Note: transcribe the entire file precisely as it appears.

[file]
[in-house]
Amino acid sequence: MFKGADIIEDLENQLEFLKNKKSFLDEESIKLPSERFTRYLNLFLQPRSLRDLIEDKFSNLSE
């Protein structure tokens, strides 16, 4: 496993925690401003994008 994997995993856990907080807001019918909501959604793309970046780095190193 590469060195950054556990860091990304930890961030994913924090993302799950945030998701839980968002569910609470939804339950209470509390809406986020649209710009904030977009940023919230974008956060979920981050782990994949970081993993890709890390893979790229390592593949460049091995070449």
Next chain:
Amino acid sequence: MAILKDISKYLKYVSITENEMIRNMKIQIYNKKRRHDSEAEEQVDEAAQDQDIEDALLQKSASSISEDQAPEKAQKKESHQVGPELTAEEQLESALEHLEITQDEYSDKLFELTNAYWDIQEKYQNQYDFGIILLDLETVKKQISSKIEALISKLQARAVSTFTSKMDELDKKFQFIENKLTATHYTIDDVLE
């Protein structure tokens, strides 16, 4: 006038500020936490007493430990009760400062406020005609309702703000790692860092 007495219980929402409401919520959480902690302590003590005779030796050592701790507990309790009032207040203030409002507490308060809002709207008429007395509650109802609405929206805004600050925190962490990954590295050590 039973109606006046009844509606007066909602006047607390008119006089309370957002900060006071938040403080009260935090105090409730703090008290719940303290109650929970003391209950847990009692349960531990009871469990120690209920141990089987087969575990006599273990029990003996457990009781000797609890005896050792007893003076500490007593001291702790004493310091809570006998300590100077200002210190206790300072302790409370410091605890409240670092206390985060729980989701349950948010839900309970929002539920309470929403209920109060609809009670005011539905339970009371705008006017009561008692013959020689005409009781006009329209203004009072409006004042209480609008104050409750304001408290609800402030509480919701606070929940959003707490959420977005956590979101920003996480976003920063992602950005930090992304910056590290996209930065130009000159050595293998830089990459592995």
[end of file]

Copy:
[in-house]
Amino acid sequence: MFKGADIIEDLENQLEFLKNKKSFLDEESIKLPSERFTRYLNLFLQPRSLRDLIEDKFSNLSE
């Protein structure tokens, strides 16, 4: 496993925690401003994008 994997995993856990907080807001019918909501959604793309970046780095190193 590469060195950054556990860091990304930890961030994913924090993302799950945030998701839980968002569910609470939804339950209470509390809406986020649209710009904030977009940023919230974008956060979920981050782990994949970081993993890709890390893979790229390592593949460049091995070449």
Next chain:
Amino acid sequence: MAILKDISKYLKYVSITENEMIRNMKIQIYNKKRRHDSEAEEQVDEAAQDQDIEDALLQKSASSISEDQAPEKAQKKESHQVGPELTAEEQLESALEHLEITQDEYSDKLFELTNAYWDIQEKYQNQYDFGIILLDLETVKKQISSKIEALISKLQARAVSTFTSKMDELDKKFQFIENKLTATHYTIDDVLE
């Protein structure tokens, strides 16, 4: 006038500020936490007493430990009760400062406020005609309702703000790692860092 007495219980929402409401919520959480902690302590003590005779030796050592701790507990309790009032207040203030409002507490308060809002709207008429007395509650109802609405929206805004600050925190962490990954590295050590 039973109606006046009844509606007066909602006047607390008119006089309370957002900060006071938040403080009260935090105090409730703090008290719940303290109650929970003391209950847990009692349960531990009871469990120690209920141990089987087969575990006599273990029990003996457990009781000797609890005896050792007893003076500490007593001291702790004493310091809570006998300590100077200002210190206790300072302790409370410091605890409240670092206390985060729980989701349950948010839900309970929002539920309470929403209920109060609809009670005011539905339970009371705008006017009561008692013959020689005409009781006009329209203004009072409006004042209480609008104050409750304001408290609800402030509480919701606070929940959003707490959420977005956590979101920003996480976003920063992602950005930090992304910056590290996209930065130009000159050595293998830089990459592995």